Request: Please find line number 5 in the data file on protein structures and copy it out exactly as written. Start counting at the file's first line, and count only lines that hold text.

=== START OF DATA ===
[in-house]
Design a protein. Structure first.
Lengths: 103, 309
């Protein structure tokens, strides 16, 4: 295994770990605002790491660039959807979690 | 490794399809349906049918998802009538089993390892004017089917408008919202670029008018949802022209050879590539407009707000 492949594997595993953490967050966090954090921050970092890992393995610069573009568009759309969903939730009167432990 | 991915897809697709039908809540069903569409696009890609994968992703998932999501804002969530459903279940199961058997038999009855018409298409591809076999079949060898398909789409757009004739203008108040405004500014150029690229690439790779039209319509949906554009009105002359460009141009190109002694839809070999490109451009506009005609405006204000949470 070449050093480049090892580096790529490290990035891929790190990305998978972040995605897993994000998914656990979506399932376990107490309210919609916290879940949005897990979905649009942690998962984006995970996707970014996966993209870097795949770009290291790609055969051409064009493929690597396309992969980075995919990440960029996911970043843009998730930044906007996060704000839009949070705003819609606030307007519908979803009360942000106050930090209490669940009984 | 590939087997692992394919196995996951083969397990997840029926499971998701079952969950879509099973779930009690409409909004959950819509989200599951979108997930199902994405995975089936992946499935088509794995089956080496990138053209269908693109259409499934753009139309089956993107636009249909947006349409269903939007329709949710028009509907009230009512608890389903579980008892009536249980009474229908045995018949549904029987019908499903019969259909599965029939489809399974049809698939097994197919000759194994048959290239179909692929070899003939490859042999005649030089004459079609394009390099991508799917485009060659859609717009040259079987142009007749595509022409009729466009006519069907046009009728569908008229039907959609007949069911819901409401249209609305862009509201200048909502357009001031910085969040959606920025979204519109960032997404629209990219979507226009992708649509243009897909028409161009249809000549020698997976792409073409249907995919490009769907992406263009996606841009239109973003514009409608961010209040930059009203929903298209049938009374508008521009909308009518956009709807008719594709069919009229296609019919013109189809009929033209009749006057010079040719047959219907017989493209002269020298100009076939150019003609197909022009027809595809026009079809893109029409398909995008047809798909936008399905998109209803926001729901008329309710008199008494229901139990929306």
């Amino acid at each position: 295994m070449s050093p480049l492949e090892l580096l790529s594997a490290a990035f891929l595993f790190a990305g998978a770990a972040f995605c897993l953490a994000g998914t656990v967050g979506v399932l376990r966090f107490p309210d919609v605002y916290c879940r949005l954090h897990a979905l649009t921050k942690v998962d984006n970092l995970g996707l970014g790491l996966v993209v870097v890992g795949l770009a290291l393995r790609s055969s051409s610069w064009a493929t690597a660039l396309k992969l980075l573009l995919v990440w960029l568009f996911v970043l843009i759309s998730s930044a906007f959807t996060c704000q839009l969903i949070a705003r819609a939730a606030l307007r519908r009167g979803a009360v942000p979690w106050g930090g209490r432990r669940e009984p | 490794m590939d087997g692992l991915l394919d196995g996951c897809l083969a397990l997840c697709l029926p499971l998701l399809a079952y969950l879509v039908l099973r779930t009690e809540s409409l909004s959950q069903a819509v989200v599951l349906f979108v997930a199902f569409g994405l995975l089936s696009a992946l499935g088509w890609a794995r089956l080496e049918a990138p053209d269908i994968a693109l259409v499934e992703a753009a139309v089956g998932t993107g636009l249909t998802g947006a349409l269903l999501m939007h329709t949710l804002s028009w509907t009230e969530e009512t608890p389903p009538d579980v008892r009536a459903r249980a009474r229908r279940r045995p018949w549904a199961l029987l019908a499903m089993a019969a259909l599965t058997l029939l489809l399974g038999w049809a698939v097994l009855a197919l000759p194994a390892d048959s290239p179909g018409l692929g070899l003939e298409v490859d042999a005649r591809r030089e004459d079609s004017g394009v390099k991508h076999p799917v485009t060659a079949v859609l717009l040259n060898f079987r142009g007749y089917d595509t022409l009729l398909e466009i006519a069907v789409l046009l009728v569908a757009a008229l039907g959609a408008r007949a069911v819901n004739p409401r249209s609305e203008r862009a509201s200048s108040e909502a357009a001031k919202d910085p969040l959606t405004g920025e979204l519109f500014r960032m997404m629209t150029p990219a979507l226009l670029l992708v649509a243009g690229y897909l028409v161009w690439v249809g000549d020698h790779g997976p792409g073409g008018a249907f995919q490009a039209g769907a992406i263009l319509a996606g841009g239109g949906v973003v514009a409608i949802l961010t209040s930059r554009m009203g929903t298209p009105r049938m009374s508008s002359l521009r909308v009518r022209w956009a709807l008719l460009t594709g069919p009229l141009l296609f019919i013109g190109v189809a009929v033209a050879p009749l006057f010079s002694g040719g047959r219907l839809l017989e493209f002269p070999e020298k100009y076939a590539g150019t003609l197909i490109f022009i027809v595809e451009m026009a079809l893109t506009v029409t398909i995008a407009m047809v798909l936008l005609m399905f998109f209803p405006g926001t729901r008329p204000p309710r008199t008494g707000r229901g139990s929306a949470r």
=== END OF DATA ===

């Amino acid at each position: 295994m070449s050093p480049l492949e090892l580096l790529s594997a490290a990035f891929l595993f790190a990305g998978a770990a972040f995605c897993l953490a994000g998914t656990v967050g979506v399932l376990r966090f107490p309210d919609v605002y916290c879940r949005l954090h897990a979905l649009t921050k942690v998962d984006n970092l995970g996707l970014g790491l996966v993209v870097v890992g795949l770009a290291l393995r790609s055969s051409s610069w064009a493929t690597a660039l396309k992969l980075l573009l995919v990440w960029l568009f996911v970043l843009i759309s998730s930044a906007f959807t996060c704000q839009l969903i949070a705003r819609a939730a606030l307007r519908r009167g979803a009360v942000p979690w106050g930090g209490r432990r669940e009984p | 490794m590939d087997g692992l991915l394919d196995g996951c897809l083969a397990l997840c697709l029926p499971l998701l399809a079952y969950l879509v039908l099973r779930t009690e809540s409409l909004s959950q069903a819509v989200v599951l349906f979108v997930a199902f569409g994405l995975l089936s696009a992946l499935g088509w890609a794995r089956l080496e049918a990138p053209d269908i994968a693109l259409v499934e992703a753009a139309v089956g998932t993107g636009l249909t998802g947006a349409l269903l999501m939007h329709t949710l804002s028009w509907t009230e969530e009512t608890p389903p009538d579980v008892r009536a459903r249980a009474r229908r279940r045995p018949w549904a199961l029987l019908a499903m089993a019969a259909l599965t058997l029939l489809l399974g038999w049809a698939v097994l009855a197919l000759p194994a390892d048959s290239p179909g018409l692929g070899l003939e298409v490859d042999a005649r591809r030089e004459d079609s004017g394009v390099k991508h076999p799917v485009t060659a079949v859609l717009l040259n060898f079987r142009g007749y089917d595509t022409l009729l398909e466009i006519a069907v789409l046009l009728v569908a757009a008229l039907g959609a408008r007949a069911v819901n004739p409401r249209s609305e203008r862009a509201s200048s108040e909502a357009a001031k919202d910085p969040l959606t405004g920025e979204l519109f500014r960032m997404m629209t150029p990219a979507l226009l670029l992708v649509a243009g690229y897909l028409v161009w690439v249809g000549d020698h790779g997976p792409g073409g008018a249907f995919q490009a039209g769907a992406i263009l319509a996606g841009g239109g949906v973003v514009a409608i949802l961010t209040s930059r554009m009203g929903t298209p009105r049938m009374s508008s002359l521009r909308v009518r022209w956009a709807l008719l460009t594709g069919p009229l141009l296609f019919i013109g190109v189809a009929v033209a050879p009749l006057f010079s002694g040719g047959r219907l839809l017989e493209f002269p070999e020298k100009y076939a590539g150019t003609l197909i490109f022009i027809v595809e451009m026009a079809l893109t506009v029409t398909i995008a407009m047809v798909l936008l005609m399905f998109f209803p405006g926001t729901r008329p204000p309710r008199t008494g707000r229901g139990s929306a949470r």